There are a number of points of concern contained within. Again there is a suggestion that LAD is bullying even among its own members, and the threat of exposure of identities is not lost on me considering the anonymity issue is one I have raised repeatedly.
While I appreciate Smith’s account of his reasoning, as an outsider I retain my own reading of the comments as outlined above. If posting comments on a murder while the family is at the scene one wonders when is appropriate to post?
I asked Smith yesterday if he would answer some follow-up questions in response to his own blog. If he does engage further I will add a separate entry in a new post.]

New York says NO

15 Mar

Just yesterday the press reported that 6 members of the PSNI (that’s the Police Service of Northern Ireland for those that don’t know) would be marching alongside representatives of the Irish policeforce in the New York St. Patrick’s Day parade. But at the same time, pressure was being put on the representatives to boycott the march because of a ban on gay/lesbian/bi and transgender groups taking part – something which had caused New York’s very own mayor to boycott the march.

This would have been the first time the PSNI had taken part in the march, and was seen as an important marker of mutual respect between the two Irish forces played out on an international stage. Its worth noting that the Garda and PSNI regularly collaborate on policing matters on the island. Membership of the PSNI currently sits at over 30% catholic.

And then this evening that invitation was rescinded (one imagines at a point where said officers were either in transit, or preparing to jet off to New York).

Screenshot_2014-03-14-23-16-20The climb down (see posting from their Facebook group on the right) states “While the decision to invite the PSNI was made in an effort to foster peace, we must stand behind those who help make our parade the greatest in the world. Therefore we have rescinded the invitation and the PSNI will not march in the New York City Saint Patrick’s Day Parade.”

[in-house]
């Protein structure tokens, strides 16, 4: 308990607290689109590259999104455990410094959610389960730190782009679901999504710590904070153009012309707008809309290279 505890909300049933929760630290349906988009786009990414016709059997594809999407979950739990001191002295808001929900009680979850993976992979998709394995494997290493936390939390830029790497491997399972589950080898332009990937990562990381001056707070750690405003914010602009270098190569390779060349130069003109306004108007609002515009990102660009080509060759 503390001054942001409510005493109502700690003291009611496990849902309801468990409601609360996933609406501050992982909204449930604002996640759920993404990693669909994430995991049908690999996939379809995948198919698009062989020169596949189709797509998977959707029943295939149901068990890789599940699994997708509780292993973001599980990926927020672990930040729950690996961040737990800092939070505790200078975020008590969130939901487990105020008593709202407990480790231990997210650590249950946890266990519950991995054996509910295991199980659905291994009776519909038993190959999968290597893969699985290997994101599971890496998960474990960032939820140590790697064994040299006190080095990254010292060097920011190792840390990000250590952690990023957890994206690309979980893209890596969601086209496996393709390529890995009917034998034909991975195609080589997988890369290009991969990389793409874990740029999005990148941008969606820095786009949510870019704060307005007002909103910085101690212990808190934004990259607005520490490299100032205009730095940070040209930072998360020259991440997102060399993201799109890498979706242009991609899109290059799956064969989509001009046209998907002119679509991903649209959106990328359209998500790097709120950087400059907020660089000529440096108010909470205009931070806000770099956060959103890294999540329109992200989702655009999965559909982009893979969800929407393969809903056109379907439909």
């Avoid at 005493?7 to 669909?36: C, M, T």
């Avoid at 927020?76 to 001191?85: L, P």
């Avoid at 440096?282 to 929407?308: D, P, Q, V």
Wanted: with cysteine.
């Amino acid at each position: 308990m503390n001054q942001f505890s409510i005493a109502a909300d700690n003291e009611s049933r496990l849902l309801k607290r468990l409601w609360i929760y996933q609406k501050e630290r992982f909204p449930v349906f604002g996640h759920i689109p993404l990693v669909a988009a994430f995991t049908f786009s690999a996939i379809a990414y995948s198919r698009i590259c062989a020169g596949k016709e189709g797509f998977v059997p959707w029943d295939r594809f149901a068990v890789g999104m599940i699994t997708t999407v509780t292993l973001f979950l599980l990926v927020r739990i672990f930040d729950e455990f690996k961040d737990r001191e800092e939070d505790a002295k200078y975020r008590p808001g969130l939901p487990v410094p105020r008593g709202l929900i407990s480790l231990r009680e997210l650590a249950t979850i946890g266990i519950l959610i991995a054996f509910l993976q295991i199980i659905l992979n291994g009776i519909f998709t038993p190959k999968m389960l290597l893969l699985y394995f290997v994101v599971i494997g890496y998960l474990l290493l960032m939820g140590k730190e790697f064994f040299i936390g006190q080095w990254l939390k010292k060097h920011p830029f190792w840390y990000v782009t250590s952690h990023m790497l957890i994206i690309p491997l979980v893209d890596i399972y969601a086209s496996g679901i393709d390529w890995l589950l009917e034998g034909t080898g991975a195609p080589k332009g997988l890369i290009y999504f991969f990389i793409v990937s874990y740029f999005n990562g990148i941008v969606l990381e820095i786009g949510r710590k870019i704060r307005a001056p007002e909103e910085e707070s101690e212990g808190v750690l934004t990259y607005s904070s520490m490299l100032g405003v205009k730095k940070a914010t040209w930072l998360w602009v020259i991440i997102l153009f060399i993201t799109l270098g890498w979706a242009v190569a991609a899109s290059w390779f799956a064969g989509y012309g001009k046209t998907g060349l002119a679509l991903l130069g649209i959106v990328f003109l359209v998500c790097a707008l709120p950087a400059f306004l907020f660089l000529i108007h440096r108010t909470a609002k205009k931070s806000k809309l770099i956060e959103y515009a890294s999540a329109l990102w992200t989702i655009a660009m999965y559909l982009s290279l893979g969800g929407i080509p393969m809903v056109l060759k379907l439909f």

The question then must be asked – just who is it that makes their parade the greatest in the world? Certainly not anyone who isn’t anything other than a declared heterosexual. And seemingly also not anyone who is anything other than Irish through and through – the PSNI discarded because they are ostensibly part of the British police forces, in spite of the peace process, and post-Good Friday Agreement restructuring (ongoing since the late 1990s).

While Northern Ireland continues to attempt to build bridges metaphorical and literal, enter into power-sharing agreements, and establish the right of every citizen in the country to carry both British AND Irish passports and regard their nationality as British, Irish, or BOTH, it seems the rest of the world is playing catch up.

One presumes that those who actually make the New York St Patrick’s Day happen are ex-pat Irish Nationalists – nay, Irish Republicans, or more emphatically, the sort of ex-pat Irish republicans who fully support, endorse and facilitate dissident terrorism. In other words, the sort of people who couldn’t give a shit about those of us who actually live in this country and who just want to go about their daily lives without the threat of some twat with a gun or a ‘viable device’ looming over them.

How many of the so-called Irish taking part in the parade are actually Irish I wonder? How many of them were born on this island, and how many were born in America or elsewhere – and of those Irish-Americans, how many generations back do we have to go before we establish their Irishness? Was it your grand-parents, great-grandparents or more? How diluted is your genetic line? Are you as Mexican or Italian or Polish as you are Irish I wonder? And if you really are so Irish, why the hell are you living your life in America and not back home on Irish soil, working to build the Irish economy with the rest of your Irish brethren? You know Guinness isn’t meant to be green, right? That leprechauns aren’t real? That The Quiet Man is a film about domestic abuse rather than some fictitious Irish idyll? And that Jonny gets killed at the end of Odd Man Out not because he was an Irish republican and the Brits had to do away with him, but because he was a murdering bastard who didn’t give a shit about anyone but himself.